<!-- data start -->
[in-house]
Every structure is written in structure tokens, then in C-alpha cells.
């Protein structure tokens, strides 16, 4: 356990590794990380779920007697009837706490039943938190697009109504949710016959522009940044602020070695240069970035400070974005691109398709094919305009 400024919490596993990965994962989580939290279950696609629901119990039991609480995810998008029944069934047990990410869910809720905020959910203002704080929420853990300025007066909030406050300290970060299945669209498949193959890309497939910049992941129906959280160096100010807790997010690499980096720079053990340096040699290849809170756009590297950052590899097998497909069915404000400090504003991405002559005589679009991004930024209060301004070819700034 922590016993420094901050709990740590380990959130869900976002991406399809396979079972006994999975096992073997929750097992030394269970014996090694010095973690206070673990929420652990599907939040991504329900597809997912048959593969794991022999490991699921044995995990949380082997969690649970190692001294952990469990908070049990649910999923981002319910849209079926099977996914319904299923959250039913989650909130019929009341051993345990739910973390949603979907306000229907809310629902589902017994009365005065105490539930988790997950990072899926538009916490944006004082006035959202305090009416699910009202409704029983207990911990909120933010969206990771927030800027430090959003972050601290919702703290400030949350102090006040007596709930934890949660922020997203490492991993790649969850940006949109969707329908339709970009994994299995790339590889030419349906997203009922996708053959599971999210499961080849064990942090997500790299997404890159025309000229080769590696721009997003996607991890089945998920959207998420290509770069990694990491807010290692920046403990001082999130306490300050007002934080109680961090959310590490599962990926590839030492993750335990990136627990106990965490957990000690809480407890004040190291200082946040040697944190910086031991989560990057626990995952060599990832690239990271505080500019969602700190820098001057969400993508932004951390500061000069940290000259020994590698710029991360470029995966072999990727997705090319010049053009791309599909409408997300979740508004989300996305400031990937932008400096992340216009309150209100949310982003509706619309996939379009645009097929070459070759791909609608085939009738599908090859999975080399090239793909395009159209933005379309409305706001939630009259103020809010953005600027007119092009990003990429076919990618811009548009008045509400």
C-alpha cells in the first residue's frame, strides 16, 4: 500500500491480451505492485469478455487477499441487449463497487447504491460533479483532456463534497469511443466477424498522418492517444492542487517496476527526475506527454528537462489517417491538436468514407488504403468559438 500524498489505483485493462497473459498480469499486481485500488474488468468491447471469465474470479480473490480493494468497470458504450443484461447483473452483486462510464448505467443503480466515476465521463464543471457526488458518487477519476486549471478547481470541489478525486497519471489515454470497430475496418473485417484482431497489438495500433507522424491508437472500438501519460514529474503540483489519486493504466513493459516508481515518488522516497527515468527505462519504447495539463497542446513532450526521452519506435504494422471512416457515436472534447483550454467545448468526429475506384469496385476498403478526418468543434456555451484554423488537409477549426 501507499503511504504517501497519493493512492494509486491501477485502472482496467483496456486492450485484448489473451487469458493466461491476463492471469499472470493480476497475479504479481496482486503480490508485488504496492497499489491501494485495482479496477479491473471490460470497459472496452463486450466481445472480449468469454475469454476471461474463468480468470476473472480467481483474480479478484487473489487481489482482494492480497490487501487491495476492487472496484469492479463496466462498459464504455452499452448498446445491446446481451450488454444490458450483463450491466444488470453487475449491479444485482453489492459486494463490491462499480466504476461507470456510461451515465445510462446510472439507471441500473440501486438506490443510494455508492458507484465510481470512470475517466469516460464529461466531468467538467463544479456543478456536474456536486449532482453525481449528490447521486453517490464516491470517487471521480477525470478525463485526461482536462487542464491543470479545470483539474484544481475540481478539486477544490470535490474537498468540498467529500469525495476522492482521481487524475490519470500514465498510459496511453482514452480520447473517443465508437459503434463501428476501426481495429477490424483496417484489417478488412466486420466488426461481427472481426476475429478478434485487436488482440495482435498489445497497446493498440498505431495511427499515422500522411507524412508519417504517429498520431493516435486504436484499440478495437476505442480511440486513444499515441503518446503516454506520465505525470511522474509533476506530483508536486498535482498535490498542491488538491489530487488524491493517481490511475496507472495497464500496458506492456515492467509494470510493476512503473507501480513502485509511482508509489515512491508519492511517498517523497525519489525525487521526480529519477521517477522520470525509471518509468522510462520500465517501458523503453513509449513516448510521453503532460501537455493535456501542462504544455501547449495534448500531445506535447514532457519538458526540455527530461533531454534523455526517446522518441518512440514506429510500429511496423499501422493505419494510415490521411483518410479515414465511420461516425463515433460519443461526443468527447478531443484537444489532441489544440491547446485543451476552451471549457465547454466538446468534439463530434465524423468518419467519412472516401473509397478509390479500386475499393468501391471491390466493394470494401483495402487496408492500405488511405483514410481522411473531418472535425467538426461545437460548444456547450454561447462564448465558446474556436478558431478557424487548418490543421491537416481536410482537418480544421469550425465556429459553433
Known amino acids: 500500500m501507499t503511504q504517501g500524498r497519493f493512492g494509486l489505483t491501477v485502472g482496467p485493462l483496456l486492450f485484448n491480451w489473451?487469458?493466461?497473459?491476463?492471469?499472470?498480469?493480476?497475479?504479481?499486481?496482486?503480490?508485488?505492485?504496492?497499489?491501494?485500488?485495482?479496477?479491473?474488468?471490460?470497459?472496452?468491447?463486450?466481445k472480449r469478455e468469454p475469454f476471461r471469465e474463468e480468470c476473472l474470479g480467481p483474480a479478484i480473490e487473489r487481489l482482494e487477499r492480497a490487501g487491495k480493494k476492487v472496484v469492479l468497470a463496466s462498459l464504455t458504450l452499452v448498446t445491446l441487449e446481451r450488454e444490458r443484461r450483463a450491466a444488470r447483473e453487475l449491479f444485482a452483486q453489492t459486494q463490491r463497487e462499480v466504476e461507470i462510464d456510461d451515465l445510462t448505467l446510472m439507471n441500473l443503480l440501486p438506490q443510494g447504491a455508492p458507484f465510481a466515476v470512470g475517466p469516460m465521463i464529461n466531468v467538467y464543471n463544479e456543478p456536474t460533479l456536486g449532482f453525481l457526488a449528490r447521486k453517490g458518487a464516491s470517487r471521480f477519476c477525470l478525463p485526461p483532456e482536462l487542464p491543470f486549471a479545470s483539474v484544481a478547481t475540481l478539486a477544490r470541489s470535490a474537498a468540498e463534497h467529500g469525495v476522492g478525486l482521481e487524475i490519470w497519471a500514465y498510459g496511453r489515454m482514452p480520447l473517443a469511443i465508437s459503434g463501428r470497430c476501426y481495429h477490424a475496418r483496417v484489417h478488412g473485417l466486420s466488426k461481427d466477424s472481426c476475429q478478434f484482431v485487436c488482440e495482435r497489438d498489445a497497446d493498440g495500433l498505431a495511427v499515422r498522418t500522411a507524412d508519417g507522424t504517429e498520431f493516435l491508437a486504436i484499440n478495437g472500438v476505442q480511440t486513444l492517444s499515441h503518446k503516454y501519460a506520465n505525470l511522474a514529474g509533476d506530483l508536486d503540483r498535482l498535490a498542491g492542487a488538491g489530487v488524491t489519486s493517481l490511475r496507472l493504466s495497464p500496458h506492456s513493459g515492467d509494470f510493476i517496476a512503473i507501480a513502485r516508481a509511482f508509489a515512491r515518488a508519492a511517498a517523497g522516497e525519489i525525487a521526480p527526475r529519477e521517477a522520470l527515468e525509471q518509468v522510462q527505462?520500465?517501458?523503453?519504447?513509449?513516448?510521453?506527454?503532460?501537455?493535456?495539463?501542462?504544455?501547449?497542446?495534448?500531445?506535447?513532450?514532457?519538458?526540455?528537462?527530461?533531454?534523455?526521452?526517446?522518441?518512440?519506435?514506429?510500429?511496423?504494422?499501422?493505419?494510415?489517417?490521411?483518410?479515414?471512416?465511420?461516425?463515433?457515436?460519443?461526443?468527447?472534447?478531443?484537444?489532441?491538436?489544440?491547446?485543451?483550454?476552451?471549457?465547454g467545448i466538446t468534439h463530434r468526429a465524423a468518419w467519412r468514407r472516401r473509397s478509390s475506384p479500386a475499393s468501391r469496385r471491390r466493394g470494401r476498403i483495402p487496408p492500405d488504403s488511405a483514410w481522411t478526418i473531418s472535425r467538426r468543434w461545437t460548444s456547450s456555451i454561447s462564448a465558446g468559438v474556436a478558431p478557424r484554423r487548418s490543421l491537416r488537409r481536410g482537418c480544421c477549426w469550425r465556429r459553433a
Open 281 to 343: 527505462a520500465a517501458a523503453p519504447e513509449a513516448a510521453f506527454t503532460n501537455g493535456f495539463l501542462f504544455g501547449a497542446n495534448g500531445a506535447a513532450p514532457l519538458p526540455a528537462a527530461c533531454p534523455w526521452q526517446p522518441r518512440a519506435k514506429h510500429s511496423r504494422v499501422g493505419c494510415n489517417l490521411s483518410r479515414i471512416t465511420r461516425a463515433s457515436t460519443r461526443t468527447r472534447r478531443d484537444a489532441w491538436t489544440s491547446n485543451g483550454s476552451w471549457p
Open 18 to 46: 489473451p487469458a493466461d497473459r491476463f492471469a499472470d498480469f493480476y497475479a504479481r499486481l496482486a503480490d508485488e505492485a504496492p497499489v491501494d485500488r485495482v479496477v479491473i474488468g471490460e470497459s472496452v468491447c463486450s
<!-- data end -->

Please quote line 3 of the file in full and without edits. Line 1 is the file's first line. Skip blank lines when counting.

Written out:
């Protein structure tokens, strides 16, 4: 356990590794990380779920007697009837706490039943938190697009109504949710016959522009940044602020070695240069970035400070974005691109398709094919305009 400024919490596993990965994962989580939290279950696609629901119990039991609480995810998008029944069934047990990410869910809720905020959910203002704080929420853990300025007066909030406050300290970060299945669209498949193959890309497939910049992941129906959280160096100010807790997010690499980096720079053990340096040699290849809170756009590297950052590899097998497909069915404000400090504003991405002559005589679009991004930024209060301004070819700034 922590016993420094901050709990740590380990959130869900976002991406399809396979079972006994999975096992073997929750097992030394269970014996090694010095973690206070673990929420652990599907939040991504329900597809997912048959593969794991022999490991699921044995995990949380082997969690649970190692001294952990469990908070049990649910999923981002319910849209079926099977996914319904299923959250039913989650909130019929009341051993345990739910973390949603979907306000229907809310629902589902017994009365005065105490539930988790997950990072899926538009916490944006004082006035959202305090009416699910009202409704029983207990911990909120933010969206990771927030800027430090959003972050601290919702703290400030949350102090006040007596709930934890949660922020997203490492991993790649969850940006949109969707329908339709970009994994299995790339590889030419349906997203009922996708053959599971999210499961080849064990942090997500790299997404890159025309000229080769590696721009997003996607991890089945998920959207998420290509770069990694990491807010290692920046403990001082999130306490300050007002934080109680961090959310590490599962990926590839030492993750335990990136627990106990965490957990000690809480407890004040190291200082946040040697944190910086031991989560990057626990995952060599990832690239990271505080500019969602700190820098001057969400993508932004951390500061000069940290000259020994590698710029991360470029995966072999990727997705090319010049053009791309599909409408997300979740508004989300996305400031990937932008400096992340216009309150209100949310982003509706619309996939379009645009097929070459070759791909609608085939009738599908090859999975080399090239793909395009159209933005379309409305706001939630009259103020809010953005600027007119092009990003990429076919990618811009548009008045509400």